One HR head explains how his firm managed to integrate employees in the wake of multiple acquisitons and a location change.
One global firm may have devised the most effective change management plan ever after it found a creative way to integrate multiple company cultures while also encouraging cross-function collaboration.
IBI Group, a design and technology firm, was tasked with bringing employees from at least eight different acquisitions under one umbrella as it moved its head office to midtown Toronto.
“That’s always a challenge when you’re integrating companies that were previously separate entities,” said senior HR business partner, Phillip Farinha. “This is really the first office space that everyone could call their own because previously people had been a bit of a mishmash under one roof.”
With the firm was pushing for a concept of “one IBI”, Farinha says the executive team looked to the move as an opportunity to integrate staff from different offices and merge the company cultures – ultimately, the patio challenge was born.
With patios built into each floor plate of the new office, IBI launched a competition in which teams could put forward a design for the new spaces and the winner would eventually see their creation come to life.
“One of the challenges in a building like this is that you can become siloed across your floors but came up with this really easy way for people to meet socially across different departments and different floors while also having an element of competition in there.”
In order to encourage participation, employees were allowed to put themselves forward by themselves or with a partner but IBI then assigned them to larger teams, ensuring cross-function collaboration and building ties between those who typically wouldn’t work together.
As a result, many architects and designers found themselves working alongside corporate lawyers and HR professionals for the first time.
“Never in a million years would someone in our transportation systems team have worked alongside an architect because their paths don't always cross but this facilitated that conversation and it was done really socially,” says Farinha.
The entire patio project was pushed with an underlying tone of a social connection and Farinha says bosses were sure to emphasise the initiative was meant to be “fun and light” with some friendly competition.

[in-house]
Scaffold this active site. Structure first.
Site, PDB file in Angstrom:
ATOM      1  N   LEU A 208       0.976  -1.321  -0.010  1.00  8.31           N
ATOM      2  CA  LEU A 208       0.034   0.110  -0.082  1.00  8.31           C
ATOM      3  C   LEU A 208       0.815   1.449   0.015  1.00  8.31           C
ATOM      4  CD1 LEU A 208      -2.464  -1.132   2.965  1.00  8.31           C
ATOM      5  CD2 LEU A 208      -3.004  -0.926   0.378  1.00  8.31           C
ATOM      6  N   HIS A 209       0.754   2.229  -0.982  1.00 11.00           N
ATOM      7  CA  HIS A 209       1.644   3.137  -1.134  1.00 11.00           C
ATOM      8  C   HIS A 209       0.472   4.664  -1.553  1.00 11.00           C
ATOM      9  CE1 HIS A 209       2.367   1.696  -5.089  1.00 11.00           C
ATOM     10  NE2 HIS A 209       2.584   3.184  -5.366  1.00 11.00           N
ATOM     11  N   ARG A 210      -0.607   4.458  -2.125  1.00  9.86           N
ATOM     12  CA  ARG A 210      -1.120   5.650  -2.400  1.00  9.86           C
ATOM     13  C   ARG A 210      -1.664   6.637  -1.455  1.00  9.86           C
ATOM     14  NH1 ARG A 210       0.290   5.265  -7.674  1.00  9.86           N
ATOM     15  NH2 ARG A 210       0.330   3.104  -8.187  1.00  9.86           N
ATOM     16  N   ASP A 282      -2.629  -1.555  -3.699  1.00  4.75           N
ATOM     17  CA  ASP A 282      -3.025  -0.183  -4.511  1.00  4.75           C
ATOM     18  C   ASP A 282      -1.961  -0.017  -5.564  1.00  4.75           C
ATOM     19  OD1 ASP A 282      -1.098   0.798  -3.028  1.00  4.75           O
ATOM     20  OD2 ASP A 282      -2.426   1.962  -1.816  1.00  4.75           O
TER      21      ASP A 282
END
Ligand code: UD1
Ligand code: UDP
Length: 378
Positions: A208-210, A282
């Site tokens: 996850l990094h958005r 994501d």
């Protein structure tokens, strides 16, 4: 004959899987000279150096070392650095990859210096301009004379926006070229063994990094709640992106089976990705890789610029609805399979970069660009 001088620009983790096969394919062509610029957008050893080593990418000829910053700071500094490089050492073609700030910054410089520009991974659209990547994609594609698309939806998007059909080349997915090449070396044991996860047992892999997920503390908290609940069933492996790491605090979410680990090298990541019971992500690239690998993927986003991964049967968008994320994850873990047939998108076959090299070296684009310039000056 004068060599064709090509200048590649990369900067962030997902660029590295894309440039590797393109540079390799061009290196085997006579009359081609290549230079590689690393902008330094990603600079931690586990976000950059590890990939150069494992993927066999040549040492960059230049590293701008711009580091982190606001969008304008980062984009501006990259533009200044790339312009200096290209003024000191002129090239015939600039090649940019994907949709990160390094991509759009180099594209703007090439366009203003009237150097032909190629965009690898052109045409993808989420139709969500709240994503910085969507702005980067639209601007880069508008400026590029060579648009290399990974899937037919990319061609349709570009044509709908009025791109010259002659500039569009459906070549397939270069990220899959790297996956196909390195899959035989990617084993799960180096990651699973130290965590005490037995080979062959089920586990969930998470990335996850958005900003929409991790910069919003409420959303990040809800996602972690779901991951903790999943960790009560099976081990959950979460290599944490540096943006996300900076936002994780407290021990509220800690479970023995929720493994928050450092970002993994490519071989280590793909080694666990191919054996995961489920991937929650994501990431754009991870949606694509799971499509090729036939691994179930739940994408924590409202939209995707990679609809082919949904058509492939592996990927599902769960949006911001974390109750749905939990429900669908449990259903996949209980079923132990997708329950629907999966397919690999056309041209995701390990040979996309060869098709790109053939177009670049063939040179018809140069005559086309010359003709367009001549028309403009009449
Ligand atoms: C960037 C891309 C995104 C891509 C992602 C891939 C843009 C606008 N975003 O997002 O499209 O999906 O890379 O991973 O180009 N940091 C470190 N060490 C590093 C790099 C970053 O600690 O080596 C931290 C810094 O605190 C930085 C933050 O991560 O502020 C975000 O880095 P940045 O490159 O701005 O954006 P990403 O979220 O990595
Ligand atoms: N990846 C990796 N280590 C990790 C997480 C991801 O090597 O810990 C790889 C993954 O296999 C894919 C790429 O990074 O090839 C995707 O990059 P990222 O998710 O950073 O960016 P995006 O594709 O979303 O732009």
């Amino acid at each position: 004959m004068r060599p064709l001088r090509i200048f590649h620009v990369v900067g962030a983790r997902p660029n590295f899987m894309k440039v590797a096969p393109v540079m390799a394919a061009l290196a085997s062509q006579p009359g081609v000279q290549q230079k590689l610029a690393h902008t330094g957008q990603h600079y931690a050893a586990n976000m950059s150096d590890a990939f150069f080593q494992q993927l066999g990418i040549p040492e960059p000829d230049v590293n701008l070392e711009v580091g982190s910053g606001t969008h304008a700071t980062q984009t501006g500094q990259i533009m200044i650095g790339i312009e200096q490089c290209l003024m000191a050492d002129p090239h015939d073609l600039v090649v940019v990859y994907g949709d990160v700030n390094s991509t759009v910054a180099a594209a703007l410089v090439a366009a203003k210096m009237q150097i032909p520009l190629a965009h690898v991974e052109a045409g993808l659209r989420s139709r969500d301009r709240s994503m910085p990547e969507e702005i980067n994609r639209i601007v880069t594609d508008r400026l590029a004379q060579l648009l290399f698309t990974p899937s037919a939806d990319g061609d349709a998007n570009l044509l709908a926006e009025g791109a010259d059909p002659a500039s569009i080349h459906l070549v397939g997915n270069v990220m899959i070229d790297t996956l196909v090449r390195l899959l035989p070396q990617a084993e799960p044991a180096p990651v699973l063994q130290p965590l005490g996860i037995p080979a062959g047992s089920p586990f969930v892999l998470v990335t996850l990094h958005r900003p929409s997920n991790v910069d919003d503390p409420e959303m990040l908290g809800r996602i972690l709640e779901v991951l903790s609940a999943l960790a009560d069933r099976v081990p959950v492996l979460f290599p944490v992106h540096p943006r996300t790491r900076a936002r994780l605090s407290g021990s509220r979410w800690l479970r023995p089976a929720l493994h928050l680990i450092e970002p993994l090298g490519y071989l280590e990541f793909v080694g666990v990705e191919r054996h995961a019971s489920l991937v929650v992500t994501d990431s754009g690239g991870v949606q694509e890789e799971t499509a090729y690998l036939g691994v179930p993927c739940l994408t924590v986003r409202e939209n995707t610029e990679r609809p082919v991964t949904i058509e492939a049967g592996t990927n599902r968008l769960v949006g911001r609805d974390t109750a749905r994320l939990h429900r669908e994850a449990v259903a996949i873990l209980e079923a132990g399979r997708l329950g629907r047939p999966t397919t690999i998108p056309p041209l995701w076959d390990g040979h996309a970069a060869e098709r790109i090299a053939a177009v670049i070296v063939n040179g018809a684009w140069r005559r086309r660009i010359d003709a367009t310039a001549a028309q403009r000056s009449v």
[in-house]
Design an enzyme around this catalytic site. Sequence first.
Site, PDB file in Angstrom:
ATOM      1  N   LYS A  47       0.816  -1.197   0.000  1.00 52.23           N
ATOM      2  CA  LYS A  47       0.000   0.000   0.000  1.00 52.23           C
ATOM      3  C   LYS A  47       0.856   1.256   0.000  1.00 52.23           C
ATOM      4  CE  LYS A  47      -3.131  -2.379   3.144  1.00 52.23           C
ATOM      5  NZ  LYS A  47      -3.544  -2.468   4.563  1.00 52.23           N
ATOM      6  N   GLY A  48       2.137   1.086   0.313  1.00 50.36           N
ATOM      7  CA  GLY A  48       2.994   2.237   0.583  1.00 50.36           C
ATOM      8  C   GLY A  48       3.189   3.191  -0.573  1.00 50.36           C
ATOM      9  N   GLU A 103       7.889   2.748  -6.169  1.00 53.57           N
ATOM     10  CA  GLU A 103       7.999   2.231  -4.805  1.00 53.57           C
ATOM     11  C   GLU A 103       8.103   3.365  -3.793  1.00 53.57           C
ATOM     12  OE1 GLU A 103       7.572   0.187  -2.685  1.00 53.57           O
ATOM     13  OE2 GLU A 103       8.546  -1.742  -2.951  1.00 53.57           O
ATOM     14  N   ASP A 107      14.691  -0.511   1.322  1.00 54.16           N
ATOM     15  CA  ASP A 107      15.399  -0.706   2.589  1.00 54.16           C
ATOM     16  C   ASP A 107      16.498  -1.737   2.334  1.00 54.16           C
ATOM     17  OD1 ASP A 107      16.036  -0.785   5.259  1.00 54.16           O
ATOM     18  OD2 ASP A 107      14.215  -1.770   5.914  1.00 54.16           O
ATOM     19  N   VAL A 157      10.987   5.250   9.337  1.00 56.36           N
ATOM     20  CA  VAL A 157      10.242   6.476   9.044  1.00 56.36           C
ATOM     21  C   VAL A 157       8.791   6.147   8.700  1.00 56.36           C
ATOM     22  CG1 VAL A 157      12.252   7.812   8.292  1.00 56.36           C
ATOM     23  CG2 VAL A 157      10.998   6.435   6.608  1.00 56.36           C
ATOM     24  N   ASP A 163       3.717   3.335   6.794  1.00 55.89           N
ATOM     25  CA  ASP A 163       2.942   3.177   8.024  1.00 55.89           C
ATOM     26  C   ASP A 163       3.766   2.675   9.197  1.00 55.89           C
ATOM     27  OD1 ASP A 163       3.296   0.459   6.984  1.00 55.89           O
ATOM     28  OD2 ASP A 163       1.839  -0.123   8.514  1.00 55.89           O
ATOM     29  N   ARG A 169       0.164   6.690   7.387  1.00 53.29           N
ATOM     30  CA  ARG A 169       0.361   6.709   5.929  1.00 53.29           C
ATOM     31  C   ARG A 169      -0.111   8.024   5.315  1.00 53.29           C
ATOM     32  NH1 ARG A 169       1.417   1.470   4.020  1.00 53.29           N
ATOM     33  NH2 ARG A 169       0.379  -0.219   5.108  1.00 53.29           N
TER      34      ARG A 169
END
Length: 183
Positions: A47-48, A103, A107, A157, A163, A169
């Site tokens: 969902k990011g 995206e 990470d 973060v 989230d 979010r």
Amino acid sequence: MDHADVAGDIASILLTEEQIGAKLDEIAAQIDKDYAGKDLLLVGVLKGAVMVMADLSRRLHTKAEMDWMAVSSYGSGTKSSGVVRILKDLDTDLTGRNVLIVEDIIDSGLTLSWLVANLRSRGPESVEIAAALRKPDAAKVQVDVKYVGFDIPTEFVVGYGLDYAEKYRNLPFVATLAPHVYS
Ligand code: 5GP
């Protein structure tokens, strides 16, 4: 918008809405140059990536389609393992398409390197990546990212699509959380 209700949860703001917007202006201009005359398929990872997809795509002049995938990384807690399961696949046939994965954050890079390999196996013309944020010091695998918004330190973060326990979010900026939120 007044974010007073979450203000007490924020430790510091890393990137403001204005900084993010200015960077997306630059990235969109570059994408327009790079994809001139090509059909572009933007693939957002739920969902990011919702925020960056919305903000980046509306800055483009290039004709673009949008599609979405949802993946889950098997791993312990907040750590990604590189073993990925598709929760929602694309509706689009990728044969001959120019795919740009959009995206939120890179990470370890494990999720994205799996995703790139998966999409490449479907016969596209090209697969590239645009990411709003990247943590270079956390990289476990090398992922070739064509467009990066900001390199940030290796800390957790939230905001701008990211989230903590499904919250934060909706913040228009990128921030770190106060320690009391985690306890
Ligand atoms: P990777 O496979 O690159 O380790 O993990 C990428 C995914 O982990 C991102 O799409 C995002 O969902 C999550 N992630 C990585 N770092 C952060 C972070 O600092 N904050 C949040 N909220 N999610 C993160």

“It was really important for us to sell this as a social initiative because we wanted to create those personal connections,” he explains. “When you know someone on a personal level you're more apt to call them and talk to them about a business initiative, you're more apt to be involved in the company, and you're more apt to have higher engagement.”
With over 80 participants and 13 teams committed to the competition, Farinha says he has happy with the level of participation but was blown away by how much other employees got involved too.
“We had a social event were the teams presented their design concepts and over 300 employees attended,” he told HRM. “The teams acted as our media to the rest of the company, they spread the news, got other people interested and it really did have a much larger reach than we had originally even intended to.”
While the votes are still being counted, Farinha says whatever happens, the initiative has been a success all round.
“We've got fantastic designs that will be delivered for a fraction of the price, we’ve managed to bring staff together and create professional and social bonds, and we’re also going to have these amazing spaces for employees to meet and collaborate that people are far more likely to use because they’ve designed them.”
Although IBI has an advantage because it’s a design firm, Farinha says employers in all industries should look for similar opportunities if they’re keen to encourage collaboration.
“I think it's something that can be emulated from lots of different companies and you just need to pick the theme that brings people together on a social basis,” he says. “Usually that happens through sport but in this instance it happened through design and there needs to be common themes or grounds where people can feel like they're part of something a little bit bigger.”